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10. Paul-Gerhardt-Kirche

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Paul-Gerhardt-Kirche N. Luther / CC BY-SA 3.0

The Paul-Gerhardt-Kirche is a Protestant church in the Dortmund district of Innenstadt-Ost. It was built between 1948 and 1949 as an emergency church according to a design by Otto Bartning and has been a listed building since 2011. Its namesake is the hymn writer Paul Gerhardt. The Evangelical Paul Gerhardt parish, which owns the church, is part of the Evangelical Church of Westphalia.

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11. Tremoniapark

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Tremoniapark Mathias Bigge / CC BY-SA 2.5

Tremoniapark, a green and recreational facility on the original site of the former "Carl von Born" iron works, south of the former Tremonia coal mine and Rothe Erde in Dortmund, has been used as a test pit for a long time after coal mining. Tremonia was also the Latin name for the medieval city of Dortmund. The park is one of the classic examples of Dortmund's structural changes.

Wikipedia (DE)

12. Ehrenstatue Kaiser Wilhelm I.

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Ehrenstatue Kaiser Wilhelm I. Wilhelm Kuntzemüller / Public domain

William I or Wilhelm I was King of Prussia from 2 January 1861 and German Emperor from 18 January 1871 until his death in 1888. A member of the House of Hohenzollern, he was the first head of state of a united Germany. He was de facto head of state of Prussia from 1858, when he became regent for his brother Frederick William IV, whose death three years later would make him king.

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13. St.-Ewaldi-Kirche

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St. Ewaldi Aplerbeck is a Roman Catholic parish church in the Aperbeck district of Dortmund. The parish of St. Ewaldi Aplerbeck belongs to the total parish of the same name St. Ewaldi Dortmund in the Archdiocese of Paderborn. Church cartridges are the Ewaldi brothers, who are said to have died here in Aplerbeck as martyr in the late 7th century.

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14. Gedenktafel für das Alte Rathaus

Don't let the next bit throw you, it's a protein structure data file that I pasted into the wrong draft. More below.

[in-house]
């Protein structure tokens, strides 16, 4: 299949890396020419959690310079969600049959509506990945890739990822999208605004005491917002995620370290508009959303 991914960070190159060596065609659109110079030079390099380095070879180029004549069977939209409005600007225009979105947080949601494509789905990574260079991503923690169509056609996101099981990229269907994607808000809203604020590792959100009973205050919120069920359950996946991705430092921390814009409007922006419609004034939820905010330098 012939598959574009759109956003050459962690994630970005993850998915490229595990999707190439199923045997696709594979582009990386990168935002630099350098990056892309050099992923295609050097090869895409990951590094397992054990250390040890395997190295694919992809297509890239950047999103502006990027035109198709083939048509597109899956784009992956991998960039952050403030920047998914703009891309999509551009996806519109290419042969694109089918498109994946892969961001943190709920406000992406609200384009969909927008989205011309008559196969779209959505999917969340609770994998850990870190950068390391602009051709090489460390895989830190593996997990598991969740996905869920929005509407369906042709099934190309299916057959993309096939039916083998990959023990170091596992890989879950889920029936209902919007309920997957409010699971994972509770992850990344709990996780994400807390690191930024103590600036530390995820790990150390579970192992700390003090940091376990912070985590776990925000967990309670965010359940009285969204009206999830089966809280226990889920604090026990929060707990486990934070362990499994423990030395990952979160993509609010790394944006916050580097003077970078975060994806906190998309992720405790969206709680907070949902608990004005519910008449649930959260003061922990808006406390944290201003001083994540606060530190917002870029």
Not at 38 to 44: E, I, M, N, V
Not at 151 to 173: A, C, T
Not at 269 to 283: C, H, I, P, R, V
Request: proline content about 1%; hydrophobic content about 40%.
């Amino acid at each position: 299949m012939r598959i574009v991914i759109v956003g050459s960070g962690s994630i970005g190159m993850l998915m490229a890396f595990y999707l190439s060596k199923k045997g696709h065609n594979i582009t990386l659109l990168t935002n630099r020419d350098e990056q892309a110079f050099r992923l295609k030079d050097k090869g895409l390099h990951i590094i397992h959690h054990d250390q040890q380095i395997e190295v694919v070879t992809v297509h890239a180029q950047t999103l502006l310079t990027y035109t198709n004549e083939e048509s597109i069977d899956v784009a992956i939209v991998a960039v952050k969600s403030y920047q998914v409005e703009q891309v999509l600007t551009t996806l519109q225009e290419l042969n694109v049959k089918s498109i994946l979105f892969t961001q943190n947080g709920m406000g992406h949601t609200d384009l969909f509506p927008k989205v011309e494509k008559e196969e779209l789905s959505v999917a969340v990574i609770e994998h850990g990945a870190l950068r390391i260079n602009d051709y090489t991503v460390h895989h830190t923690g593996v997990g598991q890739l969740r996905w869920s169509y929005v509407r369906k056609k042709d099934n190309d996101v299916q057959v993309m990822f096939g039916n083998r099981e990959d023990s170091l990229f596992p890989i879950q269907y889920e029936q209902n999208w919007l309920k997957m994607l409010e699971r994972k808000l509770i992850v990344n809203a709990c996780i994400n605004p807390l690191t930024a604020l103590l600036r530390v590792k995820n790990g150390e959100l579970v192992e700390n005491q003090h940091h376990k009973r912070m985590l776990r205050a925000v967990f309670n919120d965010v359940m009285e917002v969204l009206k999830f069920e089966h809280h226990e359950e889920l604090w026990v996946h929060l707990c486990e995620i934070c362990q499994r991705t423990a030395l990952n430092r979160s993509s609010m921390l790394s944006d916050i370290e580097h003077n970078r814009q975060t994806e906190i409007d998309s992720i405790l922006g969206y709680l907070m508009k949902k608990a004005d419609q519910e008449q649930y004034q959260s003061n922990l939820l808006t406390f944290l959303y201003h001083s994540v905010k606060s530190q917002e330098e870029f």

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Gedenktafel für das Alte Rathaus Hogenberg / Public domain

Dortmund's Old Town Hall is a Romanesque building that was the oldest stone town hall in the German-speaking region north of the Alps before it was demolished in 1955. It is located on the south side of the old market, in the center of the former imperial city, forming an architectural whole, connected with the copy room to the east.

Wikipedia (DE), Website

15. Zoo Dortmund

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Zoo Dortmund Mathias Bigge / CC-BY-SA-3.0

The Dortmund Zoo is the zoological garden of Dortmund, Germany. It is specialized in the keeping and breeding of South American species and is leading in the breeding of the giant anteater, the tamandua and the giant otter. The zoo is situated in the south of the city between the boroughs of Hacheney and Brünninghausen.

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16. Liebfrauenkirche

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Liebfrauenkirche Mathias Bigge / CC-BY-SA-3.0

Notre Dame Church is a Roman Catholic church built between 1881 and 1883 in Dortmund, Amalienstraße 21A. It has been used as a columbarium since 2009 and until June 2009 it was the Roman Catholic parish church in Dortmund's Innenstadt-West borough. This church building is listed in Dortmund's monument list.

Wikipedia (DE), Architect Wikipedia

17. St. Martin

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St. Martin's Church is a Roman Catholic church building in the Dortmund district of Körne, Gabelsbergerstraße 32. The patron saint of the church is Martin of Tours, one of the most famous saints of the Catholic Church. The two-storey hall church with free-standing bell tower was built in 1959/1960.

Wikipedia (DE)

18. Kokerei Hansa Industriedenkmal